14

Context: I added a drive to my machine, and for whatever reason, I am unable to access a directory(?) on it.

ls -l

ls: cannot access Downloads: No such file or directory
total 56
d?????????  ? ?    ?        ?            ? Downloads
drwxr-xr-x 26 user    12288 Aug 12 23:29 foo

ls -a

.  ..  Downloads  foo

cd

bash: cd: Downloads: No such file or directory

touch

touch: cannot touch ‘Downloads’: File exists

mkdir Downloads

mkdir: cannot create directory ‘Downloads’: File exists

cat Downloads

cat: Downloads: No such file or directory

file Downloads

Downloads: cannot open `Downloads' (No such file or directory)

mv Downloads down

mv: cannot stat ‘Downloads’: No such file or directory

Furthermore, the following commands do not remove the file(?), as root or otherwise:

rm Downloads
rm -rf Downloads
rmdir Downloads

One more piece of information, bash auto-completes Downloads, so bash also seems to think it is there.

3
  • Perhaps your filesystem has been corrupted. Are you able to do any action in a different OS? Jan 12 '17 at 9:15
  • I would say that the metadata is corrupted or unreadable by the current OS. If you "repair" it there, it may work or it may become permanently inaccessible anywhere. Proceed with caution (and backups)
    – Kit
    May 7 '17 at 5:21
  • Perhaps this is the same as askubuntu.com/questions/548930/…
    – Foo Bar
    Aug 2 '17 at 20:18
1

ls: cannot access Downloads: No such file or directory total 56 d????????? ? ? ? ? ? Downloads drwxr-xr-x 26 user 12288 Aug 12 23:29 foo

This is a typical case of having only read perms on a dir and no exec perms. And the other command outputs give the show that you don't have write perms either. To understand why this happens you'll have to know about inodes, dentries and the path lookup process of the kernel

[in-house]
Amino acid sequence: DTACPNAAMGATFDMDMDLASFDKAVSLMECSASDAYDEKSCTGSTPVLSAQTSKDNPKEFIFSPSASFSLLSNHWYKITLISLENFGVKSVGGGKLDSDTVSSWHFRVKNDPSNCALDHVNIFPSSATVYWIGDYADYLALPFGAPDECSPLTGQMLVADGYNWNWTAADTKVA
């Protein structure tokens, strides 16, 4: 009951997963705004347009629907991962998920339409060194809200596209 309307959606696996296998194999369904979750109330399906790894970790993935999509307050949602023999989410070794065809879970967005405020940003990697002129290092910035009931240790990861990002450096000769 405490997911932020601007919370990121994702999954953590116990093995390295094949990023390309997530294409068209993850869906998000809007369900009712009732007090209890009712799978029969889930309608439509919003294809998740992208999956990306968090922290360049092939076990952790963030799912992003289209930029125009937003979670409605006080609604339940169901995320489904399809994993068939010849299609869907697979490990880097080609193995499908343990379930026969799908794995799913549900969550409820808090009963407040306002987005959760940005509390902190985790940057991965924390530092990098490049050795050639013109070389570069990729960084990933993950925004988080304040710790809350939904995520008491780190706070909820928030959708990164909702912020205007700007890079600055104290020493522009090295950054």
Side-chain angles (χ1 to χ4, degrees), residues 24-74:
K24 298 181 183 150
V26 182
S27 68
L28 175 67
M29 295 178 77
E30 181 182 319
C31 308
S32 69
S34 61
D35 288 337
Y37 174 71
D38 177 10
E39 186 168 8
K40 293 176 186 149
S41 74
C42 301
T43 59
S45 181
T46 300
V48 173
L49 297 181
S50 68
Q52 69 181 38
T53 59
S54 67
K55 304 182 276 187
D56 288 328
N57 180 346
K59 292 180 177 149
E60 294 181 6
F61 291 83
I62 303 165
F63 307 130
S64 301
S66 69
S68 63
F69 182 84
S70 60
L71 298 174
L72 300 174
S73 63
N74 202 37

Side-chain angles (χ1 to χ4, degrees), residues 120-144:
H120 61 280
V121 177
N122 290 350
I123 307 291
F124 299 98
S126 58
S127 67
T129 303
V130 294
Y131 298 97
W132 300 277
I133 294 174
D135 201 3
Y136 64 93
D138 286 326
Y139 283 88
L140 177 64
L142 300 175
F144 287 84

0

D, you haven't described the situation around the issue, but here goes,

First does the directory appear in your file manager? According to your listing

d?????????  ? ?    ?        ?            ? Downloads

The directory "exists" but, without any discernable/set/assigned permissions, nor does it belong to a user or a group. In fact, on the face of it, read access is completely blocked. Again, describe the situation around this issue, meaning how did you arrive at this point?.

As an experiment , boot a live distro, and access that way, get the listing for Downloads and either assign "standard" directory permissions 755 or delete the directory. From time to time i have experienced what seem to be "bad writes" of files with the same issue and have had to jump to a live distro to delete them from my daily driver. If you CAN access the Download directory from the live distro, then recover it's contained data "off world" before you delete the directory. It's better to recreate the directory correctly once you are back in normal operation.

2
  • updated post with contex Aug 15 '15 at 19:29
  • Check your mount options for the drive.
    – moonbutt74
    Aug 15 '15 at 20:25
0

I had a file show up in a similar state. I was able to fix it by running fsck.

1
  • 5
    It would be nice to be more specific - e.g. by booting a live distro, or on reboot. Maybe you found what the core problem was - e.g. improperly unmounted network share, or permissions on his new disk that do not make sense to his current system, etc.
    – r0berts
    Jan 26 '17 at 18:31
0

you should run this commond:

umount Downloads

look like this : https://www.linuxquestions.org/questions/linux-newbie-8/ls-shows-directory-attributes-as-question-marks-942157/

2
  • 1
    How will sole unmounting help? It's like repairing a car by putting it out of sight. If the link leads to the real solution, please cite it here; the target site may change or disappear. Is the solution substantially different than what other answers suggest? Sep 12 '18 at 9:57
  • I have no idea how unmounting helps. But it did help for me. I had mounted an smb share to that directory. The smb share didn't exist anymore though. After unmounting, I was able access the directory as per usual.
    – sbecker
    Aug 17 at 10:56
0

I had the same issue with a directory from which I unmounted a SMB share. The only thing that helped was to reboot the machine.

1
  • 1
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    Nov 16 at 10:33

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